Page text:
Lots of different artists have inspired me, some for only a short amount of time and others forever. I chop and change whom I like. Off the top of my head, of the very well known artists, I like Duchamp, Joseph Cornell, Basquiat and Andy Goldsworthy. Some of the lesser known ones would be Candy Jernigan, Sophie Ryder and Deborah Butterfield, but really I think that there are too many to mention.
Q: How do you keep motivated if you are having a bad day?
A: If something is not working out and I’m having a bad day, I take this as a sign that I just have to walk away and leave it for a while. I’ll usually do something totally unrelated, try and put it to the back of my mind so that I can come back to it with a fresh and hopefully more positive outlook.
Q: How have you handled the business side of being an artist, promoting yourself and getting exposure? Have you sold any of your work?
A: I wouldn’t say that I have handled the business side of being an artist very well. I think that it is something that takes a lot of your energy and time, so I’m inclined to ignore it a bit. I guess if I hadn’t got a conventional job I could devote more time to it. I have sold work very sporadically to say the least over the past few years. I certainly haven’t made any money.
Q: Have you had any Exhibitions?
A: I have never had a solo exhibition or in fact I have never applied anywhere to have a solo exhibition, but I have been in many group exhibitions.
Q: Could you tell us a little more about your time as Artist in Residence in Draíocht's Artists Studio? How valuable is this time for you and are you working towards anything in particular?
A: Having the studio in Draíocht has been great. It is a really good space. It takes a while to get used to the big glass window, but after a while you start to love the very fact that it feels so open and you forget that people can look in and see you. Having the studio was really good for me as it provided me with the huge amount of space I needed. It was really good to be able to leave the studio in a mess and pick up were I left off the next time I came back. With the work that I have made I have been applying for different exhibitions around the country.
Q: What advice would you give other artists just starting out?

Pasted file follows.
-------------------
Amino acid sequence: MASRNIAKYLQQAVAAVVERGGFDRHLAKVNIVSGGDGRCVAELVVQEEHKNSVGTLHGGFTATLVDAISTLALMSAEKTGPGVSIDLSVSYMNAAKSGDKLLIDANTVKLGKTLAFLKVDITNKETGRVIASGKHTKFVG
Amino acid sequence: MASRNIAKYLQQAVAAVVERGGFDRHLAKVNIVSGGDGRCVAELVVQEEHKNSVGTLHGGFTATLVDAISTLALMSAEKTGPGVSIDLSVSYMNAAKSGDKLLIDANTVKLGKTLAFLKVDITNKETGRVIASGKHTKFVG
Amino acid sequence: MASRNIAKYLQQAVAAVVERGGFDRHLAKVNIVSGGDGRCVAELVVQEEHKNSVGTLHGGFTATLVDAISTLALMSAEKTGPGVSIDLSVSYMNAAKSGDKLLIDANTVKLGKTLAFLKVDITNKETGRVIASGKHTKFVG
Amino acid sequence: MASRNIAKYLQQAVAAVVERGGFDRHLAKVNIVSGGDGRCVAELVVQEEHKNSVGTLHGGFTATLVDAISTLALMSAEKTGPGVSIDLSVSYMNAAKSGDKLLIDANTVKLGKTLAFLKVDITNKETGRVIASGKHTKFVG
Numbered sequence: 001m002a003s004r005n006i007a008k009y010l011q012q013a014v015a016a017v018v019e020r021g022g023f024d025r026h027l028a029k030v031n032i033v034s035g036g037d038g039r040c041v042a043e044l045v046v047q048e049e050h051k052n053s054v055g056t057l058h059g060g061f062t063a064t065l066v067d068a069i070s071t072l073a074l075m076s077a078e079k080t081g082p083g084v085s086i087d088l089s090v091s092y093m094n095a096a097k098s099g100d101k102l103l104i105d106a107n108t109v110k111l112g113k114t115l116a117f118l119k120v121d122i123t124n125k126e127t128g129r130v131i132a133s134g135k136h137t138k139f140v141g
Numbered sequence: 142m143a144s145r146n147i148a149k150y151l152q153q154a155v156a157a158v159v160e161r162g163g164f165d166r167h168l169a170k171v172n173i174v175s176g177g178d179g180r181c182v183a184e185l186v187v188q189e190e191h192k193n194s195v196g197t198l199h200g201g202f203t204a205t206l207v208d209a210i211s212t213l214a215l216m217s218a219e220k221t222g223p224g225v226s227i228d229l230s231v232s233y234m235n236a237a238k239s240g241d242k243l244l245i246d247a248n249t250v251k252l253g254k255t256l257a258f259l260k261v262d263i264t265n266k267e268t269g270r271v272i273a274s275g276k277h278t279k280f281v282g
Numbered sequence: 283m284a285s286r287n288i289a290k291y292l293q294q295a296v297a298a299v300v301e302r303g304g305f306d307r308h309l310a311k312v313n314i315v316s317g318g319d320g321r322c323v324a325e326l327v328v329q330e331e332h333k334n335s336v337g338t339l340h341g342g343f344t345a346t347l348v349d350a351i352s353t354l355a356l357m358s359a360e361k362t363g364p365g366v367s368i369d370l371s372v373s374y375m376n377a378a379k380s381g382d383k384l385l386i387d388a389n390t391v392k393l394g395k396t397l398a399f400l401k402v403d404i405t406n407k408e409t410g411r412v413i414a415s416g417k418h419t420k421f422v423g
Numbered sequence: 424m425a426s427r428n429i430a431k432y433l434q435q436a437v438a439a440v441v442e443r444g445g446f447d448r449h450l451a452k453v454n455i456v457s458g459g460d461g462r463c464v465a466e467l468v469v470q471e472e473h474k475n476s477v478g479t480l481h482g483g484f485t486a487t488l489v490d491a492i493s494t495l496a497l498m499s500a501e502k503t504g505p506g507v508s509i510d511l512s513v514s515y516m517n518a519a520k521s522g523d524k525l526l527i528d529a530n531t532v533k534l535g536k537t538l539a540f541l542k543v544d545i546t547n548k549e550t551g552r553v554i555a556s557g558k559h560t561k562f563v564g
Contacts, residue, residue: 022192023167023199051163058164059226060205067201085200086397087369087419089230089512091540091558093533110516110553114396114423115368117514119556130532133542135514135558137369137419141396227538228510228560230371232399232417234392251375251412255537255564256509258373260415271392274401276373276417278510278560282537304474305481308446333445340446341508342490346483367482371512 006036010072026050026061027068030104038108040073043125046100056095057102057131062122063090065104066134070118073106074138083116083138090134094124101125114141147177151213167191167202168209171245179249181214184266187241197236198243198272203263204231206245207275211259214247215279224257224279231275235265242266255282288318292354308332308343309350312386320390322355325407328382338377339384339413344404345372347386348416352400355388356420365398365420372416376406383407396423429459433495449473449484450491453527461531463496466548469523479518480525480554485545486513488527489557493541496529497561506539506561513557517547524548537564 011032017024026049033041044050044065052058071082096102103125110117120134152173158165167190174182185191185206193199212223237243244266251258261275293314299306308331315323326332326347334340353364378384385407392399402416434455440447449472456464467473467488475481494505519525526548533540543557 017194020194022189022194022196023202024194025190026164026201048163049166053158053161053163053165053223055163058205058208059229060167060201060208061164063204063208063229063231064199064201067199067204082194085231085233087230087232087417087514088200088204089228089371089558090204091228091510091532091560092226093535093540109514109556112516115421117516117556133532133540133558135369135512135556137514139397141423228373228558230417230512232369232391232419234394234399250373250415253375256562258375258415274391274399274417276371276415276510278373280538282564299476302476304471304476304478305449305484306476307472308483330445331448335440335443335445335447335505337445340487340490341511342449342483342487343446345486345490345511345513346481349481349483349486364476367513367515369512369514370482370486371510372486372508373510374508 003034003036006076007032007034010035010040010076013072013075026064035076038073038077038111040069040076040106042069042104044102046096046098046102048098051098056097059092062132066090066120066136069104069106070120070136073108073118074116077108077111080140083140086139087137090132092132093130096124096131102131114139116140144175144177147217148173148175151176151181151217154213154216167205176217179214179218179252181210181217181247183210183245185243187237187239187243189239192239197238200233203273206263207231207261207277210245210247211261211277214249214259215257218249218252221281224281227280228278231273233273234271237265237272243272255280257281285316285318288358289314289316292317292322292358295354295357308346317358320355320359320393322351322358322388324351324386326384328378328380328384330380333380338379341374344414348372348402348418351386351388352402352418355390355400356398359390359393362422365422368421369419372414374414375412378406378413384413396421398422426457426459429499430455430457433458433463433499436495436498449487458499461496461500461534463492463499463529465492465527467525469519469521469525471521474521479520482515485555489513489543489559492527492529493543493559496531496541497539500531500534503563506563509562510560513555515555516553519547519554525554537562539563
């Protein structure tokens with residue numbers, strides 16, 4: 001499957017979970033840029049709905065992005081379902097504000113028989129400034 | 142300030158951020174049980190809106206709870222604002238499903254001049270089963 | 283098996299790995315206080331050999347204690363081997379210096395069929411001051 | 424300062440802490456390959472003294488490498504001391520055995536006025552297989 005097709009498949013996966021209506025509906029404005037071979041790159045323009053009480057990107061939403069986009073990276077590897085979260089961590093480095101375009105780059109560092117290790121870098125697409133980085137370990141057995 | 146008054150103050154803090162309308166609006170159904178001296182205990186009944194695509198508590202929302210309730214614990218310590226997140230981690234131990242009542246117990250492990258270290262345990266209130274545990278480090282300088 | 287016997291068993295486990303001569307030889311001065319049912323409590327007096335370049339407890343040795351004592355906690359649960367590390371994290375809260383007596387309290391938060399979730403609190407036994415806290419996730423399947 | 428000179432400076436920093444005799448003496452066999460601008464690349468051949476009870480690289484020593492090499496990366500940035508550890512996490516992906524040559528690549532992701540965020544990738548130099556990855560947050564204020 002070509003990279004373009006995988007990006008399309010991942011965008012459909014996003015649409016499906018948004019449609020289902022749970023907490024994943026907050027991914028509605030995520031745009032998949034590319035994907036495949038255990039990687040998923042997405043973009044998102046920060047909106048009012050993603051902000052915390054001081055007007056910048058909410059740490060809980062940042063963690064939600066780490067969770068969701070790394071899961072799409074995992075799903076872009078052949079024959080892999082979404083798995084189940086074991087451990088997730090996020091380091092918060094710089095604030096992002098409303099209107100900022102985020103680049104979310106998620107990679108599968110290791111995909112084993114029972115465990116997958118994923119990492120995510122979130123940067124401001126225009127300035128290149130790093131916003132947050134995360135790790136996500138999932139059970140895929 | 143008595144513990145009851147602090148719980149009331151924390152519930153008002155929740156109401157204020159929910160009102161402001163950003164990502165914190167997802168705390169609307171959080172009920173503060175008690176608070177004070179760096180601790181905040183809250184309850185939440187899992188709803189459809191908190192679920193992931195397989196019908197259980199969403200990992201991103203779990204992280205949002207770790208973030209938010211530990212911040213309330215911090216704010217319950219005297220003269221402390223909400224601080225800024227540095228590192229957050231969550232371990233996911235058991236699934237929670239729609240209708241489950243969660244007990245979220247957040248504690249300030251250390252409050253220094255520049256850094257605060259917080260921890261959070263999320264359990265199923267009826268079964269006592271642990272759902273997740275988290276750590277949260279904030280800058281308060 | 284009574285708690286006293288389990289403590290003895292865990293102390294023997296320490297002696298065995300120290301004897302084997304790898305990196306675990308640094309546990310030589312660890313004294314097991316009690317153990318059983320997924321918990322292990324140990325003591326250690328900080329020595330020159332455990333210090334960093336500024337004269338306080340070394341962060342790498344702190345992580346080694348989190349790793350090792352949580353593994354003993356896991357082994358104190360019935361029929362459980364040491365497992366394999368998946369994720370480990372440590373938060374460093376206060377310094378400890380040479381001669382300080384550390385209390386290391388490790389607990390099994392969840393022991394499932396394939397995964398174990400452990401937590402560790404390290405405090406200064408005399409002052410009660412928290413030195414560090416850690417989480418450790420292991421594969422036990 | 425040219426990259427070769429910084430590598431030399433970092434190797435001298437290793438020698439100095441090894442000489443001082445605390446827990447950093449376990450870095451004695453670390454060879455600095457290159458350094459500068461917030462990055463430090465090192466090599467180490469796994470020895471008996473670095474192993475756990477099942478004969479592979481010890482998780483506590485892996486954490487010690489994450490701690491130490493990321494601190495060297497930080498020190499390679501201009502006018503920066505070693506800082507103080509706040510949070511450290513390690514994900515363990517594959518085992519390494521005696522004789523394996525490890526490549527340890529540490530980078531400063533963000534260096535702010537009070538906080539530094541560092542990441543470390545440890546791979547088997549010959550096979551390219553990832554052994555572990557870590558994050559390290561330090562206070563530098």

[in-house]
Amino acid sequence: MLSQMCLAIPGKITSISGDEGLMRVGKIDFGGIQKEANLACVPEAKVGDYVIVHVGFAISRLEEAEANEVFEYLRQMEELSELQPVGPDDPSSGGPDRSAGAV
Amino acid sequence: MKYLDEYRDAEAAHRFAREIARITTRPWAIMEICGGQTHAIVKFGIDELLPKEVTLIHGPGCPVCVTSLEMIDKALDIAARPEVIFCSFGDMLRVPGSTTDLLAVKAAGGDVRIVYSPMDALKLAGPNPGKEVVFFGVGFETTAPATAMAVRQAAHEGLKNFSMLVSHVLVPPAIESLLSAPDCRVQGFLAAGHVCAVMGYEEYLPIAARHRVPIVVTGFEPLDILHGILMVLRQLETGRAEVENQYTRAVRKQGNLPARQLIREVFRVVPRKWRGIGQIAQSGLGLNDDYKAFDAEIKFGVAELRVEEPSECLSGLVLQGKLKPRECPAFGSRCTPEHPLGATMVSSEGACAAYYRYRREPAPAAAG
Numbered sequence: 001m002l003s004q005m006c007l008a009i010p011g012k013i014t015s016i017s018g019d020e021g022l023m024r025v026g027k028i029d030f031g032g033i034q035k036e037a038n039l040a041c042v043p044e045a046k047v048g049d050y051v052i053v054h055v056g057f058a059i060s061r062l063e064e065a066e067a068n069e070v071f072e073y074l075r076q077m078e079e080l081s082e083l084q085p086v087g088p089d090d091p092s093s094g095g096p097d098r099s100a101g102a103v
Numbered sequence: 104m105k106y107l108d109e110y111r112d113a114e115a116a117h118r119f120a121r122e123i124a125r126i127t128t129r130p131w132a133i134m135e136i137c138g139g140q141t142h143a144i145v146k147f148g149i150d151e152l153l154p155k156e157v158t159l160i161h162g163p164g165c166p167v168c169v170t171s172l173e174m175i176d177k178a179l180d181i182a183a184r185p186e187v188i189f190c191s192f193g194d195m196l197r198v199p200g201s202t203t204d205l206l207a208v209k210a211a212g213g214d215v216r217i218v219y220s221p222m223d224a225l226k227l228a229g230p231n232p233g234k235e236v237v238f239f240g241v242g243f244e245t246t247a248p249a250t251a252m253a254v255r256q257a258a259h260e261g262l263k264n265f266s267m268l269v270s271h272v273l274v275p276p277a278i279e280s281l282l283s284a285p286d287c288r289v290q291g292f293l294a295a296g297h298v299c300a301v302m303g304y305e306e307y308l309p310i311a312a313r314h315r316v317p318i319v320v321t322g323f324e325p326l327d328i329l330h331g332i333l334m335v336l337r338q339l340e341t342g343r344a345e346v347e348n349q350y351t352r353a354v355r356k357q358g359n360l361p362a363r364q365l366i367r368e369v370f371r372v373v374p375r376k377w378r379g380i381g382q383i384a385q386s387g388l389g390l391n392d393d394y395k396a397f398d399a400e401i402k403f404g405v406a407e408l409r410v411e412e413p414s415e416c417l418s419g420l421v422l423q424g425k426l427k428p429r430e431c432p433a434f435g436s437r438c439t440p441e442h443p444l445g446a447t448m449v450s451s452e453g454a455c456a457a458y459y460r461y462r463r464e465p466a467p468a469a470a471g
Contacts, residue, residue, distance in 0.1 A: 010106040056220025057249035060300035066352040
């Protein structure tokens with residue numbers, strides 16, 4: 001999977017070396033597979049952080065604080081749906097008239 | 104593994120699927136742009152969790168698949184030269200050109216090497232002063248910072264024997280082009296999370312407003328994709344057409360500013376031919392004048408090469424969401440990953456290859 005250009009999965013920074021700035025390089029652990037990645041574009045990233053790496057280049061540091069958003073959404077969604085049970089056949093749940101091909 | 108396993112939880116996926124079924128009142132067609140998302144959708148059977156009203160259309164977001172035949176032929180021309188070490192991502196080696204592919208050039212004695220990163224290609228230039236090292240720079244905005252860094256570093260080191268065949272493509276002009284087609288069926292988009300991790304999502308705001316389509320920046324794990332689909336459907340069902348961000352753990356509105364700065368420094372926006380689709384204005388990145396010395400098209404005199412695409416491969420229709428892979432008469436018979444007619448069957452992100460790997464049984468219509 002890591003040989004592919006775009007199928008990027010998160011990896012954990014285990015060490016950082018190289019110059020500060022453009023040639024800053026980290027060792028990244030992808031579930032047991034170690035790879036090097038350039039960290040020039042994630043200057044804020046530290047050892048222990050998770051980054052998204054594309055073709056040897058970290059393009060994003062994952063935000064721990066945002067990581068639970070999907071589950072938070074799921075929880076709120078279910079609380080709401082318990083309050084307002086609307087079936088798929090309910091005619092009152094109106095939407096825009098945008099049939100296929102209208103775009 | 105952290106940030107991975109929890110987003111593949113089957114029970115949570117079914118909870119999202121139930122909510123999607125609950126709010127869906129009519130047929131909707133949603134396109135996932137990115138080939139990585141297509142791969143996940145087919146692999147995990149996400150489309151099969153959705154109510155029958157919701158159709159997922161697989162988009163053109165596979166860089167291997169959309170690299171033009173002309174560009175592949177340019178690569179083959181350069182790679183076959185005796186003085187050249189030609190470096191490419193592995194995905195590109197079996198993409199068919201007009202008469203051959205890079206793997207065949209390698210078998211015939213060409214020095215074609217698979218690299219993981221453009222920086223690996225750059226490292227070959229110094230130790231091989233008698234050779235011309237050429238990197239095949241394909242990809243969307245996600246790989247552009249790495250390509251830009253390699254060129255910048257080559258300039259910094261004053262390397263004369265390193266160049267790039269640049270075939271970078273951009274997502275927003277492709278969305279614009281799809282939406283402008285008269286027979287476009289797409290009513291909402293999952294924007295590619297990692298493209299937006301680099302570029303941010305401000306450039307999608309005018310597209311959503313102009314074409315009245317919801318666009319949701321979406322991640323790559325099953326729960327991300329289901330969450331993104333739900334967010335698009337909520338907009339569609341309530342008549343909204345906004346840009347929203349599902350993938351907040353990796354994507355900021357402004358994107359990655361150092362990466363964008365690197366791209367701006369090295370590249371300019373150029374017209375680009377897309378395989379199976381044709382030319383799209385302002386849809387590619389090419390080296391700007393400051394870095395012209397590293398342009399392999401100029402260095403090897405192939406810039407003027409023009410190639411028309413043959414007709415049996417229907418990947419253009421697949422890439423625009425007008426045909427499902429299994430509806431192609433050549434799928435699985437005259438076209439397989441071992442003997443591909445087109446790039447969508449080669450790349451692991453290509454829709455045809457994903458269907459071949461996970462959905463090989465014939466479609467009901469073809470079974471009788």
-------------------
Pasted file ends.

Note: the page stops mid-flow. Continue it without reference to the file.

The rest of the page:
A: I would advise other artists just starting out to persevere in applying for different things and not to be disheartened by the rejections which are sure to be many. I would also advise them to only apply for things that they really feel that their work is suited to.
Take a look at Ciara's website: http://www.freewebs.com/ciarafoster
Further information please contact: Nicola Murphy, Marketing Press & PR Manager, Draíocht / Tel: 8098021
April 30, 2005
"One of the things I like about photography is that it gives me an excuse to go exploring – visually and mentally."
(Tim Durham, April 2005).
ARTIST INTERVIEW: Tim Durham in conversation with Nicola Murphy on Wednesday 20 April 2005.
In this age of computer graphics one could easily mistake Tim Durham’s pictures as computer generated and manipulated, and then be surprised to find they are photographs of a humble soap film. The effect is the same as you may see in diesel floating on wet streets, on the multi-coating of spectacle lenses, or on the protective layer of compact discs. Tim usually says, when asked, that these photographs are of bubbles, but strictly speaking, he says, this is untrue. They are rather of light interference on the minutely thin film that forms a bubble once blown.
Despite the peaceful, delicate and fragile appearance of a soap film, its lifetime is characterised by the most agitated commotion in the form of convective swirls driven by the relentless pull of gravity and molecular forces. Ultimately, this seals the fate of the film which vanishes in a violent explosion.
This exhibition will be supplemented with information on the science of soap films and bubbles by Dr. Stefan Hutzler, Physics Department, Trinity College, Dublin.
The most accurate biography of Tim Durham is perhaps to be found in the pictures he makes and those he chooses to show. Born in 1963, Tim makes his home in Killucan, Co. Westmeath. His roots are in nature, abstract and travel photography, and over time his direction has shifted towards exploring the themes of entropy and physical memories of motion. His other passion is conducting photography and visual awareness workshops.
Q: Tell us a little about yourself, your background, where you’re from?